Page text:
A stone's throw from the abandoned mining town of Idria, the baking, cracked asphalt of the narrow country road abruptly gave way to rocks and hard-packed, deeply rutted clay. I downshifted through my motorcycle's gears and stood up on the pegs, letting the bike's long shocks ride out the roughness. I veered around a half-fallen tree that blocked most of what remained of New Idria Road, riding at a slow clip into the shade of the old trees interspersed with the empty buildings. The Harley guys back at the Panoche Bar said Idria was deserted, and maybe it was, but the hostility of its former residents remained. "Fuck the Sierra Club!" one hand-made sign declared. The run-down country houses and barns were decorated with unreasonably hostile "KEEP THE FUCK OUT" signs.

Nice place, I thought, pulling up to a large sign at the end of town that informed me that the road past the cattle barn had undergone an emergency closure as of May 2008. I wasn't sure exactly what was closed, since I hadn't seen a cattle barn (and wasn't sure I'd recognize one if I had), so I figured I'd just keep going until I saw something more explicit. I found that halfway up the ridge, where a metal gate completely blocked the road, adorned with one of those lovely KEEP OUT NO TRESPASSING THIS IS PRIVATE PROPERTY signs that seemed to be Idria's primary output. Looked like the road to Clear Creek was gone for good.

I turned my bike around, disappointed, and picked my way back down the ridge. I stopped at the bottom. There was a crossroads there, if you can even call it that -- branching off of Clear Creek Road, a narrow rocky track climbed steeply into the mountains. I wasn't sure whether the road closure applied to this switchback as well, but there was no gate blocking the way, and anyway, I figured, who the hell was going to stop me?

The trail got narrower and steeper as I ascended. My motorcycle's a DR650 -- it's not a dirt bike, but it's pretty much as close as you can get to a dirt bike while remaining reasonably street-worthy. The suspension handled the ruts and rocks with aplomb, but the stock Trailwing tires weren't quite everything I dreamed they would be. The relatively smooth tires, combined with the bike's weight (heavy only in comparison to a dirt bike, but still heavy) gave me a disconcerting drift on the loose rocks and gravel that made up the track. I happily thundered along the top of a high ridge, enjoying the view of a mountain lake at the bottom of the sixty- or seventy-foot cliff to my left. Two rough-looking men were standing by the lakeside, fishing; I couldn't say whether the looks they gave me were hostile or just curious. I eventually made my way down to a crossroads, which featured a sign declaring the entire area closed, and told me that if I was caught there, I faced a $1000 fine or 12 months in prison.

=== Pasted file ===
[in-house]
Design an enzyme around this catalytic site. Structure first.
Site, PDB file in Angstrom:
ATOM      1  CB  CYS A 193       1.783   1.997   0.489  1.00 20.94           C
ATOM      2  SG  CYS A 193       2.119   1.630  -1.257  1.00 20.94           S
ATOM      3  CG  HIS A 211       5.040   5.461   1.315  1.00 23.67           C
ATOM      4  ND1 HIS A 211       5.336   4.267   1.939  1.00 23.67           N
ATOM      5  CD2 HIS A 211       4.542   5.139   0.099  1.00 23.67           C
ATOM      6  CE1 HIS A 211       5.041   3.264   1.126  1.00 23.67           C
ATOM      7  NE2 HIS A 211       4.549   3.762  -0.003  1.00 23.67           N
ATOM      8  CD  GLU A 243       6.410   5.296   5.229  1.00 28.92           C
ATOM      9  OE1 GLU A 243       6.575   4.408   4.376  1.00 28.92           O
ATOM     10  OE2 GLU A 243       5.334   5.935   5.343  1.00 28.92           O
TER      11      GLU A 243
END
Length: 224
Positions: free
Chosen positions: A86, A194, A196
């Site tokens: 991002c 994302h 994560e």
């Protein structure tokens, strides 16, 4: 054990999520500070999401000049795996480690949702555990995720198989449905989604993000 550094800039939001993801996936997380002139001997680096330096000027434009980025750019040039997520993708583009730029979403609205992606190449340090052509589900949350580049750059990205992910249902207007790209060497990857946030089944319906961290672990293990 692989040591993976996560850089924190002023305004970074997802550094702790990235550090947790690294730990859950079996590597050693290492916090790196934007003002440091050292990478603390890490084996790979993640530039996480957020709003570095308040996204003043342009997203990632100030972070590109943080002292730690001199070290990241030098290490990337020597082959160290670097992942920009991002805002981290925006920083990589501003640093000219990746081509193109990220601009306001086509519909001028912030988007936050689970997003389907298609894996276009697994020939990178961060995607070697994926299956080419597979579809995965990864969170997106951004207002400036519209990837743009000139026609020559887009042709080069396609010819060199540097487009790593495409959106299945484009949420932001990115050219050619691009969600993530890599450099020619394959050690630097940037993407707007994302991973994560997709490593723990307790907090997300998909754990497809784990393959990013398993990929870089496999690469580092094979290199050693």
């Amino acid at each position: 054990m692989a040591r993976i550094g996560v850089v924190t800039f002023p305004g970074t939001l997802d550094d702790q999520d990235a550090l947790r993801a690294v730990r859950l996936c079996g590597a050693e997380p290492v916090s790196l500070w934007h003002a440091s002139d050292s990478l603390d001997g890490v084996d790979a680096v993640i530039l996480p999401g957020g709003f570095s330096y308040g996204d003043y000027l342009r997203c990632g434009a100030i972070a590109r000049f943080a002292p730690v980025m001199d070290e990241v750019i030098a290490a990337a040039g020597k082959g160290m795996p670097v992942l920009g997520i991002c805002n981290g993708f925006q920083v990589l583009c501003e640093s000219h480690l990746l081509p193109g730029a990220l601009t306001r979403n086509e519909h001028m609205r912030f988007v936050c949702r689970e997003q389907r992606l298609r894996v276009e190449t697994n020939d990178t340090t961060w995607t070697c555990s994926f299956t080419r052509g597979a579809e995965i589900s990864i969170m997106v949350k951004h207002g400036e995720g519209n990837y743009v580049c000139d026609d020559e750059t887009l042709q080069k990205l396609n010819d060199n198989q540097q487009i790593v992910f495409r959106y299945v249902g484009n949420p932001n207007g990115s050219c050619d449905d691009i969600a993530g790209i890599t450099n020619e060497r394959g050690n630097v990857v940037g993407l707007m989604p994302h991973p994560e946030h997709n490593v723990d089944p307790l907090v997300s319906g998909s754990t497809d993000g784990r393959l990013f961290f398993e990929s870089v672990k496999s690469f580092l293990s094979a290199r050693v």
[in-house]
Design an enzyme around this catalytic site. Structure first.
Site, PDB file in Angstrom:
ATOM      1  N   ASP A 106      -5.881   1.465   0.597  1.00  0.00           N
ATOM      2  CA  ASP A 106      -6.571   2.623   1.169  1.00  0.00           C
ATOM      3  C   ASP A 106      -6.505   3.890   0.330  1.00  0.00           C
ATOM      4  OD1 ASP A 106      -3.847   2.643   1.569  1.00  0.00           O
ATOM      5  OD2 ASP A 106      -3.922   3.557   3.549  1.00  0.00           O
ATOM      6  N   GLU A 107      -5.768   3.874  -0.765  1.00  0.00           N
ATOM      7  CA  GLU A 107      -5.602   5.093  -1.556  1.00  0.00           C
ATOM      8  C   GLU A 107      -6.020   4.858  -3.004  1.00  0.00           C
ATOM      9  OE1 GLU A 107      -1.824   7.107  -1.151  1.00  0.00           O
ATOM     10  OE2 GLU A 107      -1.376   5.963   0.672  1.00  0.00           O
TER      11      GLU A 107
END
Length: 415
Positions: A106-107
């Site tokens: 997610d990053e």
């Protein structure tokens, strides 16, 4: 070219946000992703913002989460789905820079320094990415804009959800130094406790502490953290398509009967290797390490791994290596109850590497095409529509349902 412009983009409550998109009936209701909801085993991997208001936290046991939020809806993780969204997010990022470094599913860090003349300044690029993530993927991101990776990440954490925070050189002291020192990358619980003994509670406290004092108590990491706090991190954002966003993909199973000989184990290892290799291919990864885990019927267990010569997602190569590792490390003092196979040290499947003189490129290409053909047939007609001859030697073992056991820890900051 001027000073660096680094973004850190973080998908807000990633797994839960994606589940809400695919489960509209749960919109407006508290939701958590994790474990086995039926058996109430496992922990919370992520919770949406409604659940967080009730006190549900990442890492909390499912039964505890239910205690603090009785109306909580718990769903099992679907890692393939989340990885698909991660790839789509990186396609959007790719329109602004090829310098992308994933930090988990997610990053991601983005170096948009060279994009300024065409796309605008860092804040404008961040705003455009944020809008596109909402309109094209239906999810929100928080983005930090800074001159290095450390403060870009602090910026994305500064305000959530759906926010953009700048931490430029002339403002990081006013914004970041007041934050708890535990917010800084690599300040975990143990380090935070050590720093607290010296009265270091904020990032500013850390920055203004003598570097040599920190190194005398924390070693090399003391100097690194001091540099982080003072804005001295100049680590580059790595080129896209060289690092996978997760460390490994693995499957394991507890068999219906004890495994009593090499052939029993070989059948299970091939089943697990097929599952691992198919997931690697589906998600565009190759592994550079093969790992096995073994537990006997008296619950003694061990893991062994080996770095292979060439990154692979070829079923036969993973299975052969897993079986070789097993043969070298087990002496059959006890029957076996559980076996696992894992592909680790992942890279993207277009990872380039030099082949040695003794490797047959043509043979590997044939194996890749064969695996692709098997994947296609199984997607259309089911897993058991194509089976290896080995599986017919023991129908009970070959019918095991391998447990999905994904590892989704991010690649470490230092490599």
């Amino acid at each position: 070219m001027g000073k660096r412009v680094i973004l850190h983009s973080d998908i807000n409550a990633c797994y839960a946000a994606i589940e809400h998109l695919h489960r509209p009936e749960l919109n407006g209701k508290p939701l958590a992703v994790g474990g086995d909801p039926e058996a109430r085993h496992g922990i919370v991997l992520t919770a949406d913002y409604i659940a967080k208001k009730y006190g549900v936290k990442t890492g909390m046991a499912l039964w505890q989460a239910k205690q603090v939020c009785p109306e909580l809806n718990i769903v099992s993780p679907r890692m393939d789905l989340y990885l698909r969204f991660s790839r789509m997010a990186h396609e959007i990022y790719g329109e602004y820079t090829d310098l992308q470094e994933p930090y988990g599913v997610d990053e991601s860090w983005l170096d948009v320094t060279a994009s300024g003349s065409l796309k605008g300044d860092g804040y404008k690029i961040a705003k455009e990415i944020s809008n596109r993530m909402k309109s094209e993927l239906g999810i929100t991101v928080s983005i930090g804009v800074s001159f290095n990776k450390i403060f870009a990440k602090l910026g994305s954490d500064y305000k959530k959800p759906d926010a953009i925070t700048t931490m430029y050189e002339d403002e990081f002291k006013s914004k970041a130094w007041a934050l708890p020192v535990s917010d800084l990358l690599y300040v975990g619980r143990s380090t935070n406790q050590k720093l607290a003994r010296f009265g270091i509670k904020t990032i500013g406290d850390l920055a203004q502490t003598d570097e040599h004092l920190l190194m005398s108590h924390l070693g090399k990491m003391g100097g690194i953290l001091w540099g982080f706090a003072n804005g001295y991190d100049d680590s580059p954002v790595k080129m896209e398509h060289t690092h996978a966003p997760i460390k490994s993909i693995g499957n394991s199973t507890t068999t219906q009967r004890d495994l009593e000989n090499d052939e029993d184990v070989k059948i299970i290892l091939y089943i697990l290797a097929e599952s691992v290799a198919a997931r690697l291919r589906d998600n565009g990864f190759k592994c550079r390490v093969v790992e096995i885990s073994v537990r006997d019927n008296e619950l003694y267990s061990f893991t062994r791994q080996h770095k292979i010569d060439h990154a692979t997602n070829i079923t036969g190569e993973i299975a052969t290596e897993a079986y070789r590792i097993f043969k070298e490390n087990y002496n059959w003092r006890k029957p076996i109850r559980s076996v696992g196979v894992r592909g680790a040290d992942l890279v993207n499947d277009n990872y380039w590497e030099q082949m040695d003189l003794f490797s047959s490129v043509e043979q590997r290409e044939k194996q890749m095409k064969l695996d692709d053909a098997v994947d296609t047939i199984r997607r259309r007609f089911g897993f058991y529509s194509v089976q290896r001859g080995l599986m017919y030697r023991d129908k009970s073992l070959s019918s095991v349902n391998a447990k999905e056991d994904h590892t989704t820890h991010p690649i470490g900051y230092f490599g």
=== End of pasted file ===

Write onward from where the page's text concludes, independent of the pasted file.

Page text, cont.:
Faced with a little more than half a tank of gas and the pugnacious sign, I turned around and rode back down the ridge. The loose rocky trail was considerably less fun on the way back down, as the amount of sliding, combined with my bike's unfortunate propensity to drift, made my brakes essentially useless. I pulled the engine down into first gear and held on tight, weaving my way through the loose rocks and the deep ruts. Sliding through the gravel and coming at an awkward angle on a particularly unforgiving series of ruts, the bike jerked suddenly to one side. I jammed my right boot onto the ground, pulling the bike level again just in time to crash through a low bush on the side of the track. One of its branches stuck into my bike's frame. The trail was clear but steeper now, and veered sharply to the left, switchbacking around a rocky outcrop, and I barreled down the side of the mountain, branch in tow. The engine braking wasn't quite cutting it, and, realizing I wasn't going to be able to make the turn, I squeezed the brakes, hard, spinning out into a 90-degree turn as I skidded to a halt on the edge of the track. I glanced at the cliff to my right, breathing hard.

Well, that wasn't so bad, I reassured myself, removing the various pieces of plant life lodged in my bike. Had a solid yard-and-a-half to spare!

The ride back to Panoche Pass was hot and fast. After a while, I sputtered the motorcycle to a halt. The dusty road baked in the dry, blazing sun, and the still air shimmered around the engine. I dismounted and released the strap on my helmet, peering into the barren scrubland through my dust-streaked glasses. It was silent. I drank half a liter of water, then mounted back up. I guess my bike had a name now: Drifter.

It was late afternoon by the time I reached the twisties north of Pinnacles. I turned off onto Old Gloria, a rough dirt road that wound through the mountains and down to highway 101, south of Salinas. Drifter lived up to its name, and I used my boots to manage even the slightest twists in the road. After a while of meandering through sun-dappled ranchlands, Old Gloria crested a hill and I found myself looking out over a valley. The sun was setting over the high hills to my right, and the dirt road dropped sharply off to my left, winding its way down to the valley floor. Straight ahead, there was a layer of low clouds, blanketing the green valley, and the mountains bordering the valley to the west soared above the cloud layer. It was breathtaking. It was breathtaking enough, in fact, that I'd say it more than made up for the freezing-cold-for-no-good-reason-and-why-the-hell-is-it-raining-this-time-of-year-anyway ride back to San Francisco.

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